The government has suffered a crushing defeat in the House of Lords over its plans to cut future support for hundreds of thousands of disabled people found “not fit for work”, thanks to an amendment proposed by a disabled peer.
Lord [Colin] Low’s amendment – to remove the proposed cuts from the welfare reform and work bill – was passed by 283 to 198 votes during the bill’s report stage last night (27 January).
Although the government is likely to reintroduce the measure when the bill returns to the House of Commons, the vote is likely to be seen as a fresh blow to the credibility of work and pensions secretary Iain Duncan Smith.
His proposals would see new claimants of employment and support allowance (ESA) who are placed in the work-related activity group (WRAG) see their weekly payments drop by nearly £30 a week from April 2017.
Another proposal – also thrown out following an amendment moved by Lord Low – would introduce similar cuts for those placed in the equivalent group of the new universal credit, which is gradually replacing income-related ESA and other means-tested benefits.
Duncan Smith and his fellow ministers and Tory MPs have repeatedly argued that cutting the financial support for sick and disabled people found not fit for work, but able to carry out some work-related activity, would “incentivise” them to find jobs.
But that argument was torn apart during the debate, with only a single Tory peer willing to support the government’s position.
Lord Low (pictured speaking in the debate) said the proposed cuts would see new ESA WRAG claimants facing a drop in their income of £29.05 a week, which would mean a “catastrophic” fall of £1,500 in their annual income and would “push many further towards, or actually into, poverty”.
He said: “The barrier to employment for disabled people is not any financial disincentive created by the ESA premium.
“What stops disabled people getting jobs are things such as employer attitudes, their health condition, illness or impairment, difficulty with transport, and lack of qualifications, experience, confidence and job opportunities.”
Although existing WRAG claimants would be protected from the government’s proposals, he said, they would be hit by the cut if they moved into work and then returned to claiming ESA and were placed back in the WRAG.
Disabled peers Baroness [Jane] Campbell, Baroness [Celia] Thomas and Baroness [Tanni] Grey-Thompson also spoke out against the government’s plans during the debate.
Pointing to the government’s imminent white paper on employment support for disabled people, Baroness Campbell said: “Disabled people are fearful that the assault on their personal finances does not end with today’s proposals, and I think that they are right to be anxious.
“Frankly, disabled people are worn down by the relentless changes and cuts to their support arrangements and are right to be afraid of what is to come.”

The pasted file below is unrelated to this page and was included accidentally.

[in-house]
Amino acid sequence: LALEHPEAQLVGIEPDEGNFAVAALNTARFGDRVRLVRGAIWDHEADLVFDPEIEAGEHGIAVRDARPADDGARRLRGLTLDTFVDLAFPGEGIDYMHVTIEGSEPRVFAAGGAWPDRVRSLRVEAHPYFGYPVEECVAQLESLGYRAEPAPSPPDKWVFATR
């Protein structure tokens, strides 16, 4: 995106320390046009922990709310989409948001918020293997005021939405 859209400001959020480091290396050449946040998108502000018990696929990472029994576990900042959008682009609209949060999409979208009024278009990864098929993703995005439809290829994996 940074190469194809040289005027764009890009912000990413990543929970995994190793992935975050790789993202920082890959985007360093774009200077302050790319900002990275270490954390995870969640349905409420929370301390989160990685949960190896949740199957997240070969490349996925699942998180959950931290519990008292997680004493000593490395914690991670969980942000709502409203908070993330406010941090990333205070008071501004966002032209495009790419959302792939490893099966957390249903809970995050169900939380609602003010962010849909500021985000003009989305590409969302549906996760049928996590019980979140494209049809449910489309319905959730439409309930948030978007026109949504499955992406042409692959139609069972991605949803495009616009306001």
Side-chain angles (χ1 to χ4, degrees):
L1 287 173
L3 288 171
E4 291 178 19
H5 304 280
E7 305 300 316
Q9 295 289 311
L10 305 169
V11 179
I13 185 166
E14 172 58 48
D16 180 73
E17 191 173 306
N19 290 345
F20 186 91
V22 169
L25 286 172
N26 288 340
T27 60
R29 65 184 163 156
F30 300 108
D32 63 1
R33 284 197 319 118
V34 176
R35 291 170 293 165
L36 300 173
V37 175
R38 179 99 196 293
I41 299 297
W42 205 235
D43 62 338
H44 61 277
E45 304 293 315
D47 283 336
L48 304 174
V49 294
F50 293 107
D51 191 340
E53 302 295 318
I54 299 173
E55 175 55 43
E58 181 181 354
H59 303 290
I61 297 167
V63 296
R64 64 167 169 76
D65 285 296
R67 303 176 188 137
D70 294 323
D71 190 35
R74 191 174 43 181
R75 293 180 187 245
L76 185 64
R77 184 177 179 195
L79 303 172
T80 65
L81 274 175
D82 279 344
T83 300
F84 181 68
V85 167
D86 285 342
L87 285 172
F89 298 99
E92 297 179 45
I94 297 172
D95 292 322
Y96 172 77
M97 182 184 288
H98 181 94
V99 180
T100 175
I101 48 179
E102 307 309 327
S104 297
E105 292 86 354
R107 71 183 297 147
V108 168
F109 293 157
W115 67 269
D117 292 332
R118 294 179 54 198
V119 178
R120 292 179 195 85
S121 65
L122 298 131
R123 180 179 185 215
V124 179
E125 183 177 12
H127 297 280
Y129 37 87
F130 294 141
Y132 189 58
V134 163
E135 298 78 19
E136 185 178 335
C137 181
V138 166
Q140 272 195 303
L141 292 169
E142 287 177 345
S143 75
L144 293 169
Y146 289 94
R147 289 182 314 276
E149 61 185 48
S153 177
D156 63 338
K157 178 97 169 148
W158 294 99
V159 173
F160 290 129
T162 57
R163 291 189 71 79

Baroness Grey-Thompson said that the universal credit measure would mean even greater losses for disabled people in work.
She warned that single disabled parents working 16 hours or more, living in rented accommodation and making a new claim for universal credit in 2017, would receive about £70 a week, or £3,500 a year, less than they would receive now through tax credits.
She said the impact of the universal credit proposals on hundreds of thousands of disabled people would be “devastating”.
Baroness Thomas said that “cutting the benefit of those who are fit for work but unemployed might act as an incentive but it will really not work for those who are found not fit for work”.
She said: “It is likely to have the opposite effect, pushing some in the WRAG further from employment.”
The only peer, apart from the welfare reform minister, Lord Freud, who spoke in favour of the proposed cuts was Lord [Andrew] Lansley, the Tory former health secretary.
He said that work was “a valid route out of poverty, a route to dignity and a route for people to be no longer dependent on benefits—and they do not want to be dependent on benefits”, and that it was vital to use the government’s proposals “to change the current situation and make that happen”.
Lord Freud said the government wanted to “recycle some of the money currently spent on cash payments, which are not achieving the desired effect of helping people to move closer to the labour market, into practical support that will make a genuine difference to people in these groups”.
The government plans eventually to spend an extra £100 million a year of the annual £640 million savings from the WRAG cut on improving employment support for disabled people.
Lord Freud said it was “important to stress once again that claimants in the work-related activity group have been found to have ‘limited capability for work’, which is very different to being unfit for any work”.
He added: “That is an important distinction, as this misconception helps drive people further away from the labour market and perpetuates the benefit trap.”
He claimed that some of the universal credit figures mentioned by Baroness Grey-Thompson “do not accurately reflect the situation”.